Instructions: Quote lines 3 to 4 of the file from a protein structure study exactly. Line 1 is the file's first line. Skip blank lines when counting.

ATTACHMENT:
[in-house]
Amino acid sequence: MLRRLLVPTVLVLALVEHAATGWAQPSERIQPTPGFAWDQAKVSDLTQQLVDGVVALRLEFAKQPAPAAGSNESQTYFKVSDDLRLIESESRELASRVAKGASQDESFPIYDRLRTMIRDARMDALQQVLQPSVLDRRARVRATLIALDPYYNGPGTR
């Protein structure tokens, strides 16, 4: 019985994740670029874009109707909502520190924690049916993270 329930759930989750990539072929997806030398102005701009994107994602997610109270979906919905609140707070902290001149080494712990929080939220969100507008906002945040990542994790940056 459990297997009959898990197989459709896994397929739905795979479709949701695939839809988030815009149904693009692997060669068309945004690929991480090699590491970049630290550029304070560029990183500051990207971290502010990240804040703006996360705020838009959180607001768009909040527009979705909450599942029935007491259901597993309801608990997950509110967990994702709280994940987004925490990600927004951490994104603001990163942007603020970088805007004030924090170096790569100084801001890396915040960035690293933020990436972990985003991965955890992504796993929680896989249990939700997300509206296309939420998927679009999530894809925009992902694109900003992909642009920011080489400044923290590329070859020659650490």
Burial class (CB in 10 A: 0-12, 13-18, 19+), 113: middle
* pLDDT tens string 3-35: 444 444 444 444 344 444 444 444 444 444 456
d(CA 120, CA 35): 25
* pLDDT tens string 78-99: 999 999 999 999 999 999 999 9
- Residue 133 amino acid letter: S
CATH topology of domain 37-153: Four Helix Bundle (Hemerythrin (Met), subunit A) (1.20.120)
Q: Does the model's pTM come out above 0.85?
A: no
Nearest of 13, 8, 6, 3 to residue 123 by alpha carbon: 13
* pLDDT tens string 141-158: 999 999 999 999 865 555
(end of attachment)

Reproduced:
């Protein structure tokens, strides 16, 4: 019985994740670029874009109707909502520190924690049916993270 329930759930989750990539072929997806030398102005701009994107994602997610109270979906919905609140707070902290001149080494712990929080939220969100507008906002945040990542994790940056 459990297997009959898990197989459709896994397929739905795979479709949701695939839809988030815009149904693009692997060669068309945004690929991480090699590491970049630290550029304070560029990183500051990207971290502010990240804040703006996360705020838009959180607001768009909040527009979705909450599942029935007491259901597993309801608990997950509110967990994702709280994940987004925490990600927004951490994104603001990163942007603020970088805007004030924090170096790569100084801001890396915040960035690293933020990436972990985003991965955890992504796993929680896989249990939700997300509206296309939420998927679009999530894809925009992902694109900003992909642009920011080489400044923290590329070859020659650490």
Burial class (CB in 10 A: 0-12, 13-18, 19+), 113: middle